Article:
Notebook, 1993-

MATERIALS & METHODS - Painting - Oil Painting

Characteristics - Painting Methods & Techniques - Materials and Equipment - Work Space & Storage - Manufacture of Pigments - Protection of the Picture

Oil Painting - Color Lists

It should be clear that there can be no universally preferred list of colors or "approved palette" for any painting technique. From the rather extensive list of pigments that, in a given medium, perform acceptably in regard to permanence and handling qualities, artists select those colors that best serve their individual needs and tastes.

The following list from which such a selection can be made for the oil technique, omits rare colors and those that have become obsolete and indicates those that can be easily obtained in good quality and satisfy the requirements for the oil technique when they are employed by a knowledgeable painter.

Flake, Cremnitz, or lead white
Titanium white
Zinc white

Cadmium yellow--light, medium, and deep
Cobalt yellow [aureolin]
Green gold
Hansa yellow
Mars yellow
Naples yellow
Ochers and siennas

Cadmium orange
Mars orange
Sienna, Burnt

Alizarin crimson
Cadmium red--light, medium, and deep
Earth reds [caput mortuum, English, Indian, light red, Mars, Spanish, Venetian, etc.]
Quinacridone reds

Artificial ultramarine blue
Cerulean blue
Cobalt blue
Manganese blue
Phthalocyanine blue

Cobalt green
Chrome oxide opaque
Green earth or terre verte
Phthalocyanine green
Viridian [chrome oxide transparent]

Cobalt violet--light and deep
Manganese violet
Mars violet
Quinacridone violet
Ultramarine red or violet

Mars brown
Sienna, burnt
Umber, burnt and raw

Ivory black
Mars black

It should be remembered that artists have produced great work with extremely simple palettes. El Greco is said to have used only four or five colors. On the other hand, very extensive palettes have ben employed by such fine colorists as Delacroix and Cé zanne.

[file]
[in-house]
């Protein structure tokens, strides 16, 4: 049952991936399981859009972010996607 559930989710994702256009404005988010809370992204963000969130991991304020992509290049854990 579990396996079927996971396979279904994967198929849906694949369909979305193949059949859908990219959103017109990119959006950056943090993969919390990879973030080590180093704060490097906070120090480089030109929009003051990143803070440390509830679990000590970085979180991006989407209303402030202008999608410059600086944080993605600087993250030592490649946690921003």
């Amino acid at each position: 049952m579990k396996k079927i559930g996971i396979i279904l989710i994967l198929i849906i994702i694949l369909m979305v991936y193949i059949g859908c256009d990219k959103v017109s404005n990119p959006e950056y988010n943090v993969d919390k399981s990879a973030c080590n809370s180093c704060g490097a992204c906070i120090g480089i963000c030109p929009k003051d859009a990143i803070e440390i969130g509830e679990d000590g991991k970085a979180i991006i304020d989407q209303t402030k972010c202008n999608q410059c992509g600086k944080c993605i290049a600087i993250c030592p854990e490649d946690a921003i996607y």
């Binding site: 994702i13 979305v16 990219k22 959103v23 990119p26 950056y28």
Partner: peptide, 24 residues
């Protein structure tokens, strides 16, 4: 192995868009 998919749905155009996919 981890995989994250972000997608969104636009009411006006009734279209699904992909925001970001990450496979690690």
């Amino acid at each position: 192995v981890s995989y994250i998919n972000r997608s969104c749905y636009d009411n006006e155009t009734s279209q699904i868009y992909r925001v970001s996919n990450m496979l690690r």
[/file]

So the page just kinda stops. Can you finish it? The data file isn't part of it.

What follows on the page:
The insistence that color orchestration is dependent upon a limited palette, or conversely upon an extensive palette, is as unreasonable as the assert ion that the string quartet has a higher or lower aesthetic potential than the full orchestra has. Obviously some artists demand a fuller instrument for the statement of some of their ideas; other are more at home with, or are more challenged by, the limitations of a sparse range of effects.

For students or beginners there may be some wisdom, at least at the outset, in limiting themselves to a few colors. They can then see how far a restricted palette can be exploited by using simple mixtures and broad harmonies, and they can become knowledgeable about the "personalityî of each of the colors that they employ. Later another group may be chosen, again limited to a few colors, and the qualities of these pigments investigated. Thus in time students will become familiar with the characteristics of each of the colors.

For example, it is interesting to see what can be done with a simple group of four ordinary colors, such as ivory black, flake white, a light yellow ocher, and an earth red, such as English red or light red. Such a palette can produce green tonalities on the olive side by mixtures of ocher and black; oranges may be obtained with the ocher and red; the cool grays obtained with ivory black and white will approximate bluish tones in contrast with earth reds; a speck of earth red plus white plus black yields dull lavender tones, and so on. Of course, the general key will be rather muted, but even with such a rigorously limited palette, a gifted colorist can discover many subtle and beautiful chromatic possibilities.

In general, the fewer colors in each mixture, the better, since the intermixing of many pigments combines their optical impurities, causing a general dullness in the painting.

[pp. 66-67]

[Kay, Reed. The Painter's Guide to Studio Methods and Materials. Englewood Cliffs, NJ: Prentice-Hall, Inc., 1983.]



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